What we know about the toxic algae bloom in the Caloosahatchee River
A freshwater algae bloom has been growing in Lake Okeechobee and the Caloosahatchee and St. Lucie rivers since early June.
Satellite imagery shows that as much as 90 percent of the lake has had algae at the surface in recent weeks, and that algae has shown up in both river systems.
Here's what we know now:
1. The algae is toxic to humans and other animals, is known to cause tumors and is associated with liver damage and neurological diseases like ALS and Alzheimer's.
2. Lake Okeechobee releases have stopped, for now. U.S. Army Corps of Engineers protocols say the surface of the lake should be kept between 12.5 and 15.5 feet above sea level to protect lives and property south of the lake. The lake is currently at 14.4 feet above sea level.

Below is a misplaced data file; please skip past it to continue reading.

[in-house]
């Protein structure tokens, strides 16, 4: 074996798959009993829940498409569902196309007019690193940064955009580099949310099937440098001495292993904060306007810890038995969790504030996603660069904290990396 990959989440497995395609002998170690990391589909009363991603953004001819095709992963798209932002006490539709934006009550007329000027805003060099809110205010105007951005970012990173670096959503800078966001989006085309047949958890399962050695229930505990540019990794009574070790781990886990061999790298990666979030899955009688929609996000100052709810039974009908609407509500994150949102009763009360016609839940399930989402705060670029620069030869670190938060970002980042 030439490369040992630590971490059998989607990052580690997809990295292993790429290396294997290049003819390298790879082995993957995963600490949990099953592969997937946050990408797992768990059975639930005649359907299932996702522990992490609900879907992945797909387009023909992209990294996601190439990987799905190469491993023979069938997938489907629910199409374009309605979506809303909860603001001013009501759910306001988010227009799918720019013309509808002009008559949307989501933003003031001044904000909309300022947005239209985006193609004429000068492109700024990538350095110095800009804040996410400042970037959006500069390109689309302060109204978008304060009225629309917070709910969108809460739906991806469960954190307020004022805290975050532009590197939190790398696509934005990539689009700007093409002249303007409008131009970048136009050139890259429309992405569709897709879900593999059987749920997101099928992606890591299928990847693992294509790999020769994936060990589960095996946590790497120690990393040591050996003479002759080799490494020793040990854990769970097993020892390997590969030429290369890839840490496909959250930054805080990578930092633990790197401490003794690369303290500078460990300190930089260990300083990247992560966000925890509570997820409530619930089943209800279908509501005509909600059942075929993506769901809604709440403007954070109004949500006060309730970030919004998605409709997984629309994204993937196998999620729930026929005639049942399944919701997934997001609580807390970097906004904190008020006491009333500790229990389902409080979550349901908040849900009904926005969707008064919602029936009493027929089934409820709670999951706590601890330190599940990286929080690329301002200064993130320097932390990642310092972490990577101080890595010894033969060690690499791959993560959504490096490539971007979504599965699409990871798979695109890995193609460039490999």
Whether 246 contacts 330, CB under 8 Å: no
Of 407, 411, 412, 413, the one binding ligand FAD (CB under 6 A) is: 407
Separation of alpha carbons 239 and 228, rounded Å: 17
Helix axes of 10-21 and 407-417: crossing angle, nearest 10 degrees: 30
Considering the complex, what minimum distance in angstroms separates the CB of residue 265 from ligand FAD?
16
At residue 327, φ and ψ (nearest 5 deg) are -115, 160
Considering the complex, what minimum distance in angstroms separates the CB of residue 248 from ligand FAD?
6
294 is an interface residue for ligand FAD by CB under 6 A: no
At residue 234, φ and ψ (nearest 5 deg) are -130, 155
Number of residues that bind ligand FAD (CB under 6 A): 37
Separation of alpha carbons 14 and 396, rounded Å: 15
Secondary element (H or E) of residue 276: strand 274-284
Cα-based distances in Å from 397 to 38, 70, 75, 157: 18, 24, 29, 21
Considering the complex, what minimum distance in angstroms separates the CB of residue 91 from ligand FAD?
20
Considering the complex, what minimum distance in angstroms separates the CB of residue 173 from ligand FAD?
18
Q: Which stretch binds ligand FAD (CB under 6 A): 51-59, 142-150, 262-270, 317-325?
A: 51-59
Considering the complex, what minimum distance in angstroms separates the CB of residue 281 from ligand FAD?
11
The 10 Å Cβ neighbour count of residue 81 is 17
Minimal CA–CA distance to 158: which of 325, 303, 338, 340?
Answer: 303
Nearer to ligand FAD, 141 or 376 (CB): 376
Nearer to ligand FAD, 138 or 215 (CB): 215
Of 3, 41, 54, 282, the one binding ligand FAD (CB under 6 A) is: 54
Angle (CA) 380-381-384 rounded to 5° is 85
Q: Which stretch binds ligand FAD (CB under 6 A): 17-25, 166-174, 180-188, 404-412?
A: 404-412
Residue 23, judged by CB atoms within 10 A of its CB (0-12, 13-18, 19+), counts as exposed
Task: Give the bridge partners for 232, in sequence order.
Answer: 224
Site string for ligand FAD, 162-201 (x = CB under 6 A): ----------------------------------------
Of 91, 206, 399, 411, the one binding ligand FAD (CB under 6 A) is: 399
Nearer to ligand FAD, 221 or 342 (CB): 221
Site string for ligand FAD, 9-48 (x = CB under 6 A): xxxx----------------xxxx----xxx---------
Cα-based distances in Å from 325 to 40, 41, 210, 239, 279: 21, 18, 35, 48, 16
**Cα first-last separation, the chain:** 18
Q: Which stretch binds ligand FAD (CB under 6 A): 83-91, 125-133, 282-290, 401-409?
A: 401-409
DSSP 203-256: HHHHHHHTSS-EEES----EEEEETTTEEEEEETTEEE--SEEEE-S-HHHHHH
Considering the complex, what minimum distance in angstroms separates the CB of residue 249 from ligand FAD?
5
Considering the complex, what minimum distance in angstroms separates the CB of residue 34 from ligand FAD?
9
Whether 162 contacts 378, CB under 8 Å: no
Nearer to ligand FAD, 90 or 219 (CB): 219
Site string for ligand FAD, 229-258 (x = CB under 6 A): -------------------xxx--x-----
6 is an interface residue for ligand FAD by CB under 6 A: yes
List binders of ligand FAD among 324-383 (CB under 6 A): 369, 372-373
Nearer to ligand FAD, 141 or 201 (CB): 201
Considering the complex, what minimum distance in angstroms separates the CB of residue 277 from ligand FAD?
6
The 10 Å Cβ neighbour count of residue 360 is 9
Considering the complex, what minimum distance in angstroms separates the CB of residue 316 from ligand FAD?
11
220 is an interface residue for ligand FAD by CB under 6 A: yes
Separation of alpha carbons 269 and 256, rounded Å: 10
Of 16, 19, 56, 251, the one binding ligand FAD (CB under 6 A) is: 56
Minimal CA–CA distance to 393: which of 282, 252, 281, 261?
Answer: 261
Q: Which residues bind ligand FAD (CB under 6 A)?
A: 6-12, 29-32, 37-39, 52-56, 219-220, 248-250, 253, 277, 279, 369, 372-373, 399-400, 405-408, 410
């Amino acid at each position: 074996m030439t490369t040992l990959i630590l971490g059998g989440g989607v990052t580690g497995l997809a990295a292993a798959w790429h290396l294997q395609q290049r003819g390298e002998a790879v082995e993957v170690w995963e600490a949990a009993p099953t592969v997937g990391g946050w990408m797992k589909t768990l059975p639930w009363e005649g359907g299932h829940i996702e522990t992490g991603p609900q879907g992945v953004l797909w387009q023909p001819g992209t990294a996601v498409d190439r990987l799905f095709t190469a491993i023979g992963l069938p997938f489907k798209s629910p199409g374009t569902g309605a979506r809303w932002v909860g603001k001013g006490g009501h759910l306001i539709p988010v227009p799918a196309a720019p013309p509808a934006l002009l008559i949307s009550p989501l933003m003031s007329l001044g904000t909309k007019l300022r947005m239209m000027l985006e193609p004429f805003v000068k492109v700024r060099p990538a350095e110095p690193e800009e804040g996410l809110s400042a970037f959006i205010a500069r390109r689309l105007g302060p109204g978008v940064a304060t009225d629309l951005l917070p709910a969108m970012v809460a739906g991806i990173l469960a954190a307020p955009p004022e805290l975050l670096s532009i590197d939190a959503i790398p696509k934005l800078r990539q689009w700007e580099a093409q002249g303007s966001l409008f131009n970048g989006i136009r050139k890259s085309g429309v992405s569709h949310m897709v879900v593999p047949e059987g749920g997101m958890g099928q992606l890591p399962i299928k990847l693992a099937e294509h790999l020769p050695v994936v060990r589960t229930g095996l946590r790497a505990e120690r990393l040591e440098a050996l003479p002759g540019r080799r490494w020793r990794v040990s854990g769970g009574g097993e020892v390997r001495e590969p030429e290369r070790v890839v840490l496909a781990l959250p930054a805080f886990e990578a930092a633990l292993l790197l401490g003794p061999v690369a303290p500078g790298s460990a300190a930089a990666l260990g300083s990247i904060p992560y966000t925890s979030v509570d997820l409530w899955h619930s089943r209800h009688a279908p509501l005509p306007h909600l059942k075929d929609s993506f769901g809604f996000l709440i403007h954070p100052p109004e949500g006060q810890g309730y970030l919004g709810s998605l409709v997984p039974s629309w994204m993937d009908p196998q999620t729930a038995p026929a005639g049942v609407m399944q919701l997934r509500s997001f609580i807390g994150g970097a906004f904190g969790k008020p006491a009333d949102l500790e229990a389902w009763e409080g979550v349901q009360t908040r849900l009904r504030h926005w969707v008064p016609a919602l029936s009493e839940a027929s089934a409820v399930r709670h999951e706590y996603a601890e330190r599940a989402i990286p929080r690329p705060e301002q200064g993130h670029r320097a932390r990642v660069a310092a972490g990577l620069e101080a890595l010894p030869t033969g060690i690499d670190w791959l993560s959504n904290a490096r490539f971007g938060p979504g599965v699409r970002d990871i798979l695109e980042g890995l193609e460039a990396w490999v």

3. It's spreading. The bloom first appeared on the eastern shore of Lake Okeechobee and then spread into the St. Lucie River about six weeks ago. Algae started to show up in the Calooshatchee River in late June and has since spread to Fort Myers and Cape Coral.
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4. The algae is not expected to dissipate anytime soon. Algae flourishes in warm, stagnant waters, and the peak bloom season is typically in the months of July and August.
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5. This algae bloom is not related to the red tide bloom that's in the Gulf of Mexico, although both are being fed nutrients from human activities like farming and development.
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